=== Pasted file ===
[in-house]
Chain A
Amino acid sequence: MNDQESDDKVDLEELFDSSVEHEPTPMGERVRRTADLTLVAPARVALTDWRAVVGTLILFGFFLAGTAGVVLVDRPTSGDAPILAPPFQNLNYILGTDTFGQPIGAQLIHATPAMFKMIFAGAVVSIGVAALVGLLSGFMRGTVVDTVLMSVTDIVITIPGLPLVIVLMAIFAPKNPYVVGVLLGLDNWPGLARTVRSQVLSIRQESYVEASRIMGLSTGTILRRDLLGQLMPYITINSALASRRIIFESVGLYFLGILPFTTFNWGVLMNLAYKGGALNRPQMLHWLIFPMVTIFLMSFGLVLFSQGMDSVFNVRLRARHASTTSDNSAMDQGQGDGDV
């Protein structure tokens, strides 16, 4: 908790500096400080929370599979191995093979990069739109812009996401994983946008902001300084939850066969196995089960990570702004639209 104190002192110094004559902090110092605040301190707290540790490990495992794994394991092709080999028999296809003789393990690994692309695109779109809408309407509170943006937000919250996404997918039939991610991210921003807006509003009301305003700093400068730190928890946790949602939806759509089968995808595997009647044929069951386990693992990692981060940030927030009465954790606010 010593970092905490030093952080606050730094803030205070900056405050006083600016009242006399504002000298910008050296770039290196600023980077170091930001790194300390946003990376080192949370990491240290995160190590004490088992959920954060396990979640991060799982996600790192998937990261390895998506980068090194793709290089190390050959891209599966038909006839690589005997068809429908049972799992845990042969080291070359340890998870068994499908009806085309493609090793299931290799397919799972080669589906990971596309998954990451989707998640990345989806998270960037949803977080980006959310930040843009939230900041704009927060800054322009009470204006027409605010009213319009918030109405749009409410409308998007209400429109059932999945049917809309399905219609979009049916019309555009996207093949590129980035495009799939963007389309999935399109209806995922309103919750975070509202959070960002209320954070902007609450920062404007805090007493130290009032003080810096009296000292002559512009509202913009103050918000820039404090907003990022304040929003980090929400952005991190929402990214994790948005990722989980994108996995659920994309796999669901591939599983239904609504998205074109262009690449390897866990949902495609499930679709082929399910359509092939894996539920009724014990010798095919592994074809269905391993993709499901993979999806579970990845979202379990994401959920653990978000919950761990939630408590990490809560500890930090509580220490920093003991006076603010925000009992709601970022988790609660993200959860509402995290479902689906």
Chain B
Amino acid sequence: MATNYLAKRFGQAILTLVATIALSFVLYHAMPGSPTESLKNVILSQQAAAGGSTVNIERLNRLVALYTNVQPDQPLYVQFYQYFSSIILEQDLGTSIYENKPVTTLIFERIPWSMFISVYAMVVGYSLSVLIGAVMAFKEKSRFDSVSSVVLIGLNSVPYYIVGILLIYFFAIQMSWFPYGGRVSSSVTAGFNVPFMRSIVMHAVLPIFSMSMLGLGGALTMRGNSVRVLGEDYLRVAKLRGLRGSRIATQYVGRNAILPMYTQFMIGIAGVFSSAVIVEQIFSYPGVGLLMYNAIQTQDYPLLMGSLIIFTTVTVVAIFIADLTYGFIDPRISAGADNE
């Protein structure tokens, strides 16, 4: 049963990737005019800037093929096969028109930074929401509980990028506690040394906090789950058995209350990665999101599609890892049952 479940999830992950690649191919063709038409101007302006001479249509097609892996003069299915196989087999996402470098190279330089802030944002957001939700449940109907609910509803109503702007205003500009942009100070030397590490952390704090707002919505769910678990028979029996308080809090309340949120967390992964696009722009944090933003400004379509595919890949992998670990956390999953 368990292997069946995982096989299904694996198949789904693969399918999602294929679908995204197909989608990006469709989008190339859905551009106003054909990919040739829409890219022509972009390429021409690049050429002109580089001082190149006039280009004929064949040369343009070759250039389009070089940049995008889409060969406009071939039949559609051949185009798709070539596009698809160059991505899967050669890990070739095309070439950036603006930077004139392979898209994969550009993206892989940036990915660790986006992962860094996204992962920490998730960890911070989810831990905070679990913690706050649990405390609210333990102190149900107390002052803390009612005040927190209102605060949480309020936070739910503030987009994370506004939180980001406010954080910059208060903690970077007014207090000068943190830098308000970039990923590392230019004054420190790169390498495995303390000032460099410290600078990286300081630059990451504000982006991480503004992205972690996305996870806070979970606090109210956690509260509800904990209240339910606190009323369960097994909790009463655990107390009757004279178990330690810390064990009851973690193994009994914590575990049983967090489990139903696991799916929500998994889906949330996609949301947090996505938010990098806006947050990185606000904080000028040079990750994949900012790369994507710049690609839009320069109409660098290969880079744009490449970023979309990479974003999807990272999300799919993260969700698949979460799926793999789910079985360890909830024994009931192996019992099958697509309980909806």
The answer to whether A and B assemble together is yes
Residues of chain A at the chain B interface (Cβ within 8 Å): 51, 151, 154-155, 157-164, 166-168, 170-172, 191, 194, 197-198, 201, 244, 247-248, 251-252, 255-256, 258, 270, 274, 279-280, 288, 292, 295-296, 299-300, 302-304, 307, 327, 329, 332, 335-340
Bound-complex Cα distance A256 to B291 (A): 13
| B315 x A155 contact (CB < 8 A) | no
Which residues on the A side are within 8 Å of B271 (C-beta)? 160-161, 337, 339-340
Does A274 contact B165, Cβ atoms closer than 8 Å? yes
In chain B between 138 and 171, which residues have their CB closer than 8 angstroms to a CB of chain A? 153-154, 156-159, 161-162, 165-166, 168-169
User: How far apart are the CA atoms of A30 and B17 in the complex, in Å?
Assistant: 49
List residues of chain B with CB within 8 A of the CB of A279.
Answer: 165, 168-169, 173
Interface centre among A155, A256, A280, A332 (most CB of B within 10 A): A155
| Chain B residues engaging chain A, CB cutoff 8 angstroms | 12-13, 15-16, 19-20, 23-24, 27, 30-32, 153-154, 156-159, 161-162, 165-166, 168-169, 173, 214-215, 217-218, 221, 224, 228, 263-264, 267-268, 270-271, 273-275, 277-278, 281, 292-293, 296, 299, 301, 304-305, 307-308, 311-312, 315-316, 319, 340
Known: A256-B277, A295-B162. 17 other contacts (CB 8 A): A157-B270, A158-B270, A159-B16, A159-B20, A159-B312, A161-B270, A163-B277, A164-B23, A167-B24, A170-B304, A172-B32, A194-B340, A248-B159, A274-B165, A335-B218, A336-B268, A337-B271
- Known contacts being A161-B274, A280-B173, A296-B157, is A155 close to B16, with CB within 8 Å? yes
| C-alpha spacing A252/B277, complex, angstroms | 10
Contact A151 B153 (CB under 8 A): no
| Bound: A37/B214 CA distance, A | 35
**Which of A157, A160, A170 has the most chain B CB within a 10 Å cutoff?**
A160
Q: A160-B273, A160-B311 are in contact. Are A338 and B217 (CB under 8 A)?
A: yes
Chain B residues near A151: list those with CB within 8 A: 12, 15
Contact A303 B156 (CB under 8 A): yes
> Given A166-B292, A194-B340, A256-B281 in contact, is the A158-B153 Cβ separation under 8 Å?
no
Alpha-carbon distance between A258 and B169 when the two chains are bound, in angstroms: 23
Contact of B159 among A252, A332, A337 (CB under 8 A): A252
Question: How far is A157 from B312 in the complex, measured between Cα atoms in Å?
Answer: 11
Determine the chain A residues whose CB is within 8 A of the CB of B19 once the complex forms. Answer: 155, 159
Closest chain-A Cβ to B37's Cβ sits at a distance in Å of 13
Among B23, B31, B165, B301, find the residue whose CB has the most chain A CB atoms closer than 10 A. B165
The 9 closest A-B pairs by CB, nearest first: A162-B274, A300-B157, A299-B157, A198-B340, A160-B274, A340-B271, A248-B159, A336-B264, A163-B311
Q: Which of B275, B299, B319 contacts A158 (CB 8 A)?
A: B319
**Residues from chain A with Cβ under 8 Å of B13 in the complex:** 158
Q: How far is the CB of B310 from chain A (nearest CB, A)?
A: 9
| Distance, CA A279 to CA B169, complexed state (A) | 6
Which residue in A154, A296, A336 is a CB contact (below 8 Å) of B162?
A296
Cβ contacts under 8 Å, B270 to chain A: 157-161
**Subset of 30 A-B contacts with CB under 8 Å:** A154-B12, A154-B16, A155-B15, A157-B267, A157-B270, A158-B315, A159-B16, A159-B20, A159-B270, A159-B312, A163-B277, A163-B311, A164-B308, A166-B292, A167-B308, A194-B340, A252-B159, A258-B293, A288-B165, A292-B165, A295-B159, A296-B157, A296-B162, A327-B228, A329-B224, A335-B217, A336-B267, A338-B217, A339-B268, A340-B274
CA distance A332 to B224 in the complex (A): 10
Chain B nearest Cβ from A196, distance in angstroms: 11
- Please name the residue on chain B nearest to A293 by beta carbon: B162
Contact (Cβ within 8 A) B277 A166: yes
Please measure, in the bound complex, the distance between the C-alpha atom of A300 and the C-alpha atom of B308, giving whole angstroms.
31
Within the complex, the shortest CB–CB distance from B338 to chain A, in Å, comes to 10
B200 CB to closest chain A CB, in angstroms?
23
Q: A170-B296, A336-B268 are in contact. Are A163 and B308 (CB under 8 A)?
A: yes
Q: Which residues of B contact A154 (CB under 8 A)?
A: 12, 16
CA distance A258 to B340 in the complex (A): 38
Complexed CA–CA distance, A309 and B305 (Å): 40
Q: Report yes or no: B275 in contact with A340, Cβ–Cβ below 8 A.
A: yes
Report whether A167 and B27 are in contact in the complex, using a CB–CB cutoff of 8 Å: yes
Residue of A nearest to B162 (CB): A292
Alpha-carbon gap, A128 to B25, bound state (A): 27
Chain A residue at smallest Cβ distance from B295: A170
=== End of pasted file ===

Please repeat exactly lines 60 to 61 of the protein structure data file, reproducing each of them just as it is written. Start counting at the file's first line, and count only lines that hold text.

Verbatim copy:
23
Q: A170-B296, A336-B268 are in contact. Are A163 and B308 (CB under 8 A)?